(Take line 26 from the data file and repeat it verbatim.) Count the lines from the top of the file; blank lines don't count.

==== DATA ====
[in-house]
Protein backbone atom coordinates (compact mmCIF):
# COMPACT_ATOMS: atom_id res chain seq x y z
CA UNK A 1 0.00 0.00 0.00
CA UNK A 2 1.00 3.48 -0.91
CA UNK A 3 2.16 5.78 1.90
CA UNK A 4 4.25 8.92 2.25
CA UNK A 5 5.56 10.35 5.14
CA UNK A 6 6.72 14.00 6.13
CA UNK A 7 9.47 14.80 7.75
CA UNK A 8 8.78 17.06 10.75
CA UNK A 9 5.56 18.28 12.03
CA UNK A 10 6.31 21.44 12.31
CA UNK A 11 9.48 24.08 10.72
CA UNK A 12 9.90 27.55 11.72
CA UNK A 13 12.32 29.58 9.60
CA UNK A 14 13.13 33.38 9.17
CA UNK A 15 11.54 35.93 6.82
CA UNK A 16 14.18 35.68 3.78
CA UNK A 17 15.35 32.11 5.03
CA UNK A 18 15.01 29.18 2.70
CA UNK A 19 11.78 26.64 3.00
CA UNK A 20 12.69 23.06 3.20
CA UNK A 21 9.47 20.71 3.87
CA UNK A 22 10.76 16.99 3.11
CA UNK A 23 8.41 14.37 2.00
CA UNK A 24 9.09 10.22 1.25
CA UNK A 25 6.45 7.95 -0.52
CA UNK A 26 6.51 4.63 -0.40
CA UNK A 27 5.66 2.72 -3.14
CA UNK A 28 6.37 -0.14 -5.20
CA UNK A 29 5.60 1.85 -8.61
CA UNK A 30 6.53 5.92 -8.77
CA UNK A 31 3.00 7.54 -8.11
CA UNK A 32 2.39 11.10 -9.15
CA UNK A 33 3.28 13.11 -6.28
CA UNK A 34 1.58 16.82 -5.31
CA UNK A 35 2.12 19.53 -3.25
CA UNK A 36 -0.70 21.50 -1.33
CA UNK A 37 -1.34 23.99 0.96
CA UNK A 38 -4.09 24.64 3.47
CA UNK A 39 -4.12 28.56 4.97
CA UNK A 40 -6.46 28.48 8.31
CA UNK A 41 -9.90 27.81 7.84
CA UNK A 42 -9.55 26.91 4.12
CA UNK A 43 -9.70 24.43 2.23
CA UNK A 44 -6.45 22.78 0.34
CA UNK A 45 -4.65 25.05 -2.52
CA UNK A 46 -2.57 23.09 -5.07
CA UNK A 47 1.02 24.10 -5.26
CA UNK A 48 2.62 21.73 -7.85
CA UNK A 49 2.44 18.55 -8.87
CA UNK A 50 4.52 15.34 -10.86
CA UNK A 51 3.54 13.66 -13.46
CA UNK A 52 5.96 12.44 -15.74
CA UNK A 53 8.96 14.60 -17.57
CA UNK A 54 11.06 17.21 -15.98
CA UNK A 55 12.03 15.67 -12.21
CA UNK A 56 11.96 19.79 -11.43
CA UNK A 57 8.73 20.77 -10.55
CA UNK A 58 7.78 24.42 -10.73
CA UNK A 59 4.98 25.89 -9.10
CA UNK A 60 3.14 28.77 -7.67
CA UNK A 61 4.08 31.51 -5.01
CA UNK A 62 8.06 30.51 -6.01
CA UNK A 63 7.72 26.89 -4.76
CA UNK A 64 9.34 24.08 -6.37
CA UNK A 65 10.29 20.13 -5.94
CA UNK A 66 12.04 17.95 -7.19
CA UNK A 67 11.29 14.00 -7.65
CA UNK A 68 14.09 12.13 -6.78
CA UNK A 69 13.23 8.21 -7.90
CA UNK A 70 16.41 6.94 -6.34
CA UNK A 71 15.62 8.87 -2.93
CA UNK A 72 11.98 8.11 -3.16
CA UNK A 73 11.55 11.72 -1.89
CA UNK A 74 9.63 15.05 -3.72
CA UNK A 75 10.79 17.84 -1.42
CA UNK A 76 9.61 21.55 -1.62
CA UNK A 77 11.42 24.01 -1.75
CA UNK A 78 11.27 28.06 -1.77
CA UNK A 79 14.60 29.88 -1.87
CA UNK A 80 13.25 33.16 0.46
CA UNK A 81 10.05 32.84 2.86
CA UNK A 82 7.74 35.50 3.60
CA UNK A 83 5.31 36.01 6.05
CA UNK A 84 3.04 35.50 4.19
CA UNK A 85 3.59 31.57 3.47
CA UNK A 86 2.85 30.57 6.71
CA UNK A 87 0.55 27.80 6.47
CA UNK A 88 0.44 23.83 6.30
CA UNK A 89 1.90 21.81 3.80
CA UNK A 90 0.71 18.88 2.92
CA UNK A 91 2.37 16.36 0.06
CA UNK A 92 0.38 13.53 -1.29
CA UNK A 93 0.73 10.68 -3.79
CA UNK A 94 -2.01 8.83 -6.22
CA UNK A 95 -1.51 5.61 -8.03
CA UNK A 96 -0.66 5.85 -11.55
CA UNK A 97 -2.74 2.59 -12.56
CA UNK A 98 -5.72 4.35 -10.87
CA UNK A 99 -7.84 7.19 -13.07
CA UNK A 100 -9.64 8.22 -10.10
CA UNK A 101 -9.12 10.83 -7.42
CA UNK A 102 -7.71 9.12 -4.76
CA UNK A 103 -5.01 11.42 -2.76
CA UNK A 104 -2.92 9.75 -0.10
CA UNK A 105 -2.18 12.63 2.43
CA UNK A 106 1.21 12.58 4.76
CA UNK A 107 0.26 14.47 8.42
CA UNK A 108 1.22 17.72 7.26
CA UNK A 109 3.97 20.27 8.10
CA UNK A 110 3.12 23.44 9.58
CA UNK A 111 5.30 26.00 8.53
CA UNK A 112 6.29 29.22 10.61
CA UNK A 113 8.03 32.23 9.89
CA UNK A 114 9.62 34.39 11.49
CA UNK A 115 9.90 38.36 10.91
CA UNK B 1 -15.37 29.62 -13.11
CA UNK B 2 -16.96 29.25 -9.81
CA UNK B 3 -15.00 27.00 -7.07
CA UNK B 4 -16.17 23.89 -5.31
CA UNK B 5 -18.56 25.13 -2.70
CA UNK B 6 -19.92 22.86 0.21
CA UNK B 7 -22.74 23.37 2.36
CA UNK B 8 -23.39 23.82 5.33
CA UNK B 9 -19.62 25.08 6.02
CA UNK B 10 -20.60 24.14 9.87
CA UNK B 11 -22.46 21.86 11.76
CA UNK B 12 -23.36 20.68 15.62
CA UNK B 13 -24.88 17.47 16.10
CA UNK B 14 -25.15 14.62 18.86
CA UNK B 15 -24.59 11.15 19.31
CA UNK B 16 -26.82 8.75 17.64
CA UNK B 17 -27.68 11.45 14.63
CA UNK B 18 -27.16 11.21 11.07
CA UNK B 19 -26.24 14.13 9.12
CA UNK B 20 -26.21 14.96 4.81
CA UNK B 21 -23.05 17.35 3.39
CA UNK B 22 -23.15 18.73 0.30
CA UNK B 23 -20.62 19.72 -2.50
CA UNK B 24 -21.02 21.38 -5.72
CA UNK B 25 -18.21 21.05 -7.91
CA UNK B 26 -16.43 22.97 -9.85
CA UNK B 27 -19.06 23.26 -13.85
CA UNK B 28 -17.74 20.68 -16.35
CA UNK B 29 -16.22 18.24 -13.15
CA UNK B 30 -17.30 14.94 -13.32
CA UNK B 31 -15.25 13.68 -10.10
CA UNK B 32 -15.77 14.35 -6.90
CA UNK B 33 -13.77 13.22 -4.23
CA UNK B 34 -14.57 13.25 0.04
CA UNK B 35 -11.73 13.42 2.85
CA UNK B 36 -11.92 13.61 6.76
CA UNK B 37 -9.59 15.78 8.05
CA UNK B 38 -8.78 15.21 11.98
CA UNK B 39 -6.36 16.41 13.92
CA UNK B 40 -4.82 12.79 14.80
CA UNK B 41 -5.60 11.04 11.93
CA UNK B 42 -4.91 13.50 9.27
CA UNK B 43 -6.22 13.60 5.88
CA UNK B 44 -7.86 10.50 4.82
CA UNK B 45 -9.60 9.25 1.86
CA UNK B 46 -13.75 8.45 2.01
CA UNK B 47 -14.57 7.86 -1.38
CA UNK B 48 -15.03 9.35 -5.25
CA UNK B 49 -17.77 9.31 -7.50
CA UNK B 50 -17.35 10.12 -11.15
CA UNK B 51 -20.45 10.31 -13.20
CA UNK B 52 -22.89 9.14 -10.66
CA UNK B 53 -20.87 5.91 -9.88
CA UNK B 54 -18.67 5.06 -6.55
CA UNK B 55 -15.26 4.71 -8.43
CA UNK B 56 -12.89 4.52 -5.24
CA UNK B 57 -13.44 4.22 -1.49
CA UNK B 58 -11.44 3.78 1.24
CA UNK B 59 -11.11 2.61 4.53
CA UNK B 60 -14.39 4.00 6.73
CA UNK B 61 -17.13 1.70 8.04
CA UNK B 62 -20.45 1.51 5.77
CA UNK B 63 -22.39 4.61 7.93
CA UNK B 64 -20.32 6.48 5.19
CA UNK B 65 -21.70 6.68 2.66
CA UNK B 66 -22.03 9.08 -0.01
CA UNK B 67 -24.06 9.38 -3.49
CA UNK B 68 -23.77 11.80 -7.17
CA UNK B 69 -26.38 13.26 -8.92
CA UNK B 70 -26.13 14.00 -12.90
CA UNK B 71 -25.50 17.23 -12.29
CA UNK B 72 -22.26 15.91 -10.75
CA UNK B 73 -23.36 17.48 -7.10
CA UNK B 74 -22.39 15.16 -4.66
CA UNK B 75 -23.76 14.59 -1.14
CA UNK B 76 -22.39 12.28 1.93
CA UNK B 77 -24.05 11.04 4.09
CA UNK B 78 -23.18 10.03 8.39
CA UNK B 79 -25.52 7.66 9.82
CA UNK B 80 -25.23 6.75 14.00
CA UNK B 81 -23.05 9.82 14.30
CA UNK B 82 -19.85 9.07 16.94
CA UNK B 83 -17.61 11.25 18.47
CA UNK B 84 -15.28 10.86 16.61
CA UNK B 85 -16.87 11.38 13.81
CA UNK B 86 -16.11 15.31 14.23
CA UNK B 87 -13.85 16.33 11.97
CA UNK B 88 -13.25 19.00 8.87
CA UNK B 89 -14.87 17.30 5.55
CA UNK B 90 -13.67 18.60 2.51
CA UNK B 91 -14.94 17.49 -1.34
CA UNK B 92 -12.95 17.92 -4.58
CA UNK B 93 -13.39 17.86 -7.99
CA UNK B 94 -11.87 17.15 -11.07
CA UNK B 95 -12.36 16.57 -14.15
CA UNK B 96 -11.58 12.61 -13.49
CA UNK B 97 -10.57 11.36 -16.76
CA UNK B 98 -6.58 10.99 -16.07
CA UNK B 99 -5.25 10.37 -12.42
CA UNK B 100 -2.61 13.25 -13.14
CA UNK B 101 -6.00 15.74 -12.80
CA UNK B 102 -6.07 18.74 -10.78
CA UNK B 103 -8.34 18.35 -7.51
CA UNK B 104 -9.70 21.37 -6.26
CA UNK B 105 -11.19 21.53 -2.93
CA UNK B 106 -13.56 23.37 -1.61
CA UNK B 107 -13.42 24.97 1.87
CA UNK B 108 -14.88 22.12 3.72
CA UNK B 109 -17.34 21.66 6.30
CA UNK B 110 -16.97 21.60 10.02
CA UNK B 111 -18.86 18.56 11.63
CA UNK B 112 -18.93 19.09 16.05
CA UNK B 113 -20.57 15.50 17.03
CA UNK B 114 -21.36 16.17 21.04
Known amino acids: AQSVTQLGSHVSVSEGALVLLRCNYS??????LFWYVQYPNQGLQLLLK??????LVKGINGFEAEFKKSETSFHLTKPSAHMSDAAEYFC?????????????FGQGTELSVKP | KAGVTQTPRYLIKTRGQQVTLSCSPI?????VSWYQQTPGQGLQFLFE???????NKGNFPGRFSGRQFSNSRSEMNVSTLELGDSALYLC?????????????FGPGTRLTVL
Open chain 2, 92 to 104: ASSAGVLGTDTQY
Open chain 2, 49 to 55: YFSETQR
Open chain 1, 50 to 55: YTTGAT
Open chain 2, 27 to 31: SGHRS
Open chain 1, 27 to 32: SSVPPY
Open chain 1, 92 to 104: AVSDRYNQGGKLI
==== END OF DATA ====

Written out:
CA UNK A 23 8.41 14.37 2.00